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The voting referendums in four areas of Ukraine partly-held by Russian forces, that would allow large swathes of the country to be annexed by Russia, have ended.

And Russian state media is saying that the preliminary and partial results are an overwhelming "Yes," for at least 96% of voters.

The polls, long condemned by the Ukrainian government and Western allies as a sham, now set up a possible major escalation in the war.

This was the separatist leader of the Luhansk region, voting earlier on Tuesday (September 27) on Russian state television, saying it's a "historic moment" and that he's voting for a "happy, bright future" for their children and grandchildren.

What happens next is a dire question.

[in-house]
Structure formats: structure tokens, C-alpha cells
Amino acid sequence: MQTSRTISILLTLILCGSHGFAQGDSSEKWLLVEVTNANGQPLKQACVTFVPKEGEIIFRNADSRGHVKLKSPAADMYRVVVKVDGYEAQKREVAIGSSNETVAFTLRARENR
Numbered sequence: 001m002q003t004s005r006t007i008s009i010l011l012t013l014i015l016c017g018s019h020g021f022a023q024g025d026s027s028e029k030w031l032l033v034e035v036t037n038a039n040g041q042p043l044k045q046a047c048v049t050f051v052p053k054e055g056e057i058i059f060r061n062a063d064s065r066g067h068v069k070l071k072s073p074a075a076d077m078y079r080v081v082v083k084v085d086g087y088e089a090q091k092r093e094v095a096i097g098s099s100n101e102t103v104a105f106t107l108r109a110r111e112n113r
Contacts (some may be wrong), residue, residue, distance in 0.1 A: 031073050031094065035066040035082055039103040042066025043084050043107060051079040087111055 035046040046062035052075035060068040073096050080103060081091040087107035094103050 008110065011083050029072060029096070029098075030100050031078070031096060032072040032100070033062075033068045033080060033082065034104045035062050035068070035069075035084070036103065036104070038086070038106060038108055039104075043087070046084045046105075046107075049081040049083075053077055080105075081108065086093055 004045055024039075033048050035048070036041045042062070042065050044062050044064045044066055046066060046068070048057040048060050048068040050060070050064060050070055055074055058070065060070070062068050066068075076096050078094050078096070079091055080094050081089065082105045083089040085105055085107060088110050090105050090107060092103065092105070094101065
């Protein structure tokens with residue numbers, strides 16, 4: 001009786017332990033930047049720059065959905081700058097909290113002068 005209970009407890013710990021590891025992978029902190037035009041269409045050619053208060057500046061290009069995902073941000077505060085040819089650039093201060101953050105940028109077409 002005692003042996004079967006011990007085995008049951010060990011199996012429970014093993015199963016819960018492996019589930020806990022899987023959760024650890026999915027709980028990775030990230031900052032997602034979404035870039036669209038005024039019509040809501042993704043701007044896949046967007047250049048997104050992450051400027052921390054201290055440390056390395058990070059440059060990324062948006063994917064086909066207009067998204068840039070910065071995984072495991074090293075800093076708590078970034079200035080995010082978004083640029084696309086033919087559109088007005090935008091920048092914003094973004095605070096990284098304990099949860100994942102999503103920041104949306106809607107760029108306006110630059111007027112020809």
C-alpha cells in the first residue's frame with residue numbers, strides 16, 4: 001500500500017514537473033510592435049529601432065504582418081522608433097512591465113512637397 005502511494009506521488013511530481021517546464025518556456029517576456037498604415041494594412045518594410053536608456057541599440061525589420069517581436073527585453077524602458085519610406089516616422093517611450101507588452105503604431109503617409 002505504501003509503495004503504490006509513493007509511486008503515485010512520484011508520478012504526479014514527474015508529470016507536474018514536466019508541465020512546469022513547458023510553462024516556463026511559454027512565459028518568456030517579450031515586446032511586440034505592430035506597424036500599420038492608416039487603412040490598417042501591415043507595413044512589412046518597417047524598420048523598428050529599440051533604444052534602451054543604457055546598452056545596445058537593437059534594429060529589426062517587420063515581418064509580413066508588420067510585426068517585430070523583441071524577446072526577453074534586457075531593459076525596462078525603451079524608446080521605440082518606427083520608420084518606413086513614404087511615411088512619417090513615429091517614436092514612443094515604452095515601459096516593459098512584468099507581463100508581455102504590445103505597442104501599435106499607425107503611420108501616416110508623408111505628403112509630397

The regions taking part make up about 15% of Ukrainian territory, and the exercise paves the way for Putin to portray any Ukrainian attempt to recapture them as an attack on Russia itself.

Also, just hours before polls closed one, of President Putin's allies issued a stark new prediction, and warning, over the use of nuclear weapons in the conflict: that if Russia did use a nuclear weapon, that NATO would be too afraid to to respond with their own, and that NATO would still not directly enter the war, either.

The comments were made by Russia's former president and now deputy chair of its security council, Dmitry Medvedev.

In a post on Telegram he wrote, quote, "The demagogues across the ocean and in Europe are not going to die in a nuclear apocalypse."

Russian government officials including Medvedev have repeatedly warned that they might use nuclear weapons to defend newly-annexed territory, although this is the first time he's predicted that NATO wouldn't retaliate in this way.

NATO and the U.S. haven't detailed publicly how they would respond to a Russian nuclear attack on Ukraine, but a White House adviser has said Washington spelled out to Moscow "catastrophic consequences."

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